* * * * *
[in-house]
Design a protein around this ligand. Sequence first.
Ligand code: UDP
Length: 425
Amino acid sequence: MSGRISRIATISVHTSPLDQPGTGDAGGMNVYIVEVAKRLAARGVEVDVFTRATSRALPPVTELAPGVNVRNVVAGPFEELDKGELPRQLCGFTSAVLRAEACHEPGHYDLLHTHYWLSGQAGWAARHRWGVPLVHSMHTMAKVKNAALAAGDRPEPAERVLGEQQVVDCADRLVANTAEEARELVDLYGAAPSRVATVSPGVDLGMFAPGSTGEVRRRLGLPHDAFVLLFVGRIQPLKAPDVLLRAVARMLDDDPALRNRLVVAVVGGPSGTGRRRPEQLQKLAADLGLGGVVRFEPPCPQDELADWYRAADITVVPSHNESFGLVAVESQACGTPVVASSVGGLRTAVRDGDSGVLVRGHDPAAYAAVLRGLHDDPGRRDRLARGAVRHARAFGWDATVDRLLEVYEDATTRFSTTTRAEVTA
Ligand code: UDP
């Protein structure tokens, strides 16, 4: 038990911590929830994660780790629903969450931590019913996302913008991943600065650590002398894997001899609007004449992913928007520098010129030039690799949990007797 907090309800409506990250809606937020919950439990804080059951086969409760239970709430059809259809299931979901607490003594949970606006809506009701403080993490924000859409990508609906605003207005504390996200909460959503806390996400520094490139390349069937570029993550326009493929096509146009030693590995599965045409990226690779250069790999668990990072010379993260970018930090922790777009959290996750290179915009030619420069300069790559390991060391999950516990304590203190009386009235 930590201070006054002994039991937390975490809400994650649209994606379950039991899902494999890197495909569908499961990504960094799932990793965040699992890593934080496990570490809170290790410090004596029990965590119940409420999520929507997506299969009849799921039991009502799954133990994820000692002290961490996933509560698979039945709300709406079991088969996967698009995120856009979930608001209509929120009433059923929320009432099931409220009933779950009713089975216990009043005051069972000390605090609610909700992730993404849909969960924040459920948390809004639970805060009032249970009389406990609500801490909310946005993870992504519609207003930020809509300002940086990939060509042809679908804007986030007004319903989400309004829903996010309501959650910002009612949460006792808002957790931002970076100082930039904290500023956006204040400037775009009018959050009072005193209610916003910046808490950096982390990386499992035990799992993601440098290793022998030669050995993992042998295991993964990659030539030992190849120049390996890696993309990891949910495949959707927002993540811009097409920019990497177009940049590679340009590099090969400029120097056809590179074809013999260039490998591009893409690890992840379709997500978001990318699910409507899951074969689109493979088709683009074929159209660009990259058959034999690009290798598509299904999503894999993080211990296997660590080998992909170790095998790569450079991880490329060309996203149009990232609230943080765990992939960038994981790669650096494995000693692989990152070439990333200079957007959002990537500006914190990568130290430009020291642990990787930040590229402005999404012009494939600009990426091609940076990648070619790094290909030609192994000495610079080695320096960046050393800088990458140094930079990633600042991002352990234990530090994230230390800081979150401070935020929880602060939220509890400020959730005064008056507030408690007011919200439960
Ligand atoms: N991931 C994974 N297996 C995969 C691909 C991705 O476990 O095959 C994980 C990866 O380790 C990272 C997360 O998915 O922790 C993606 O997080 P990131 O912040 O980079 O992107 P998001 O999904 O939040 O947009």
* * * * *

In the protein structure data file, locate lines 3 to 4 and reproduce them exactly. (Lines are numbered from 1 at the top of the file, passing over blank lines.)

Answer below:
Ligand code: UDP
Length: 425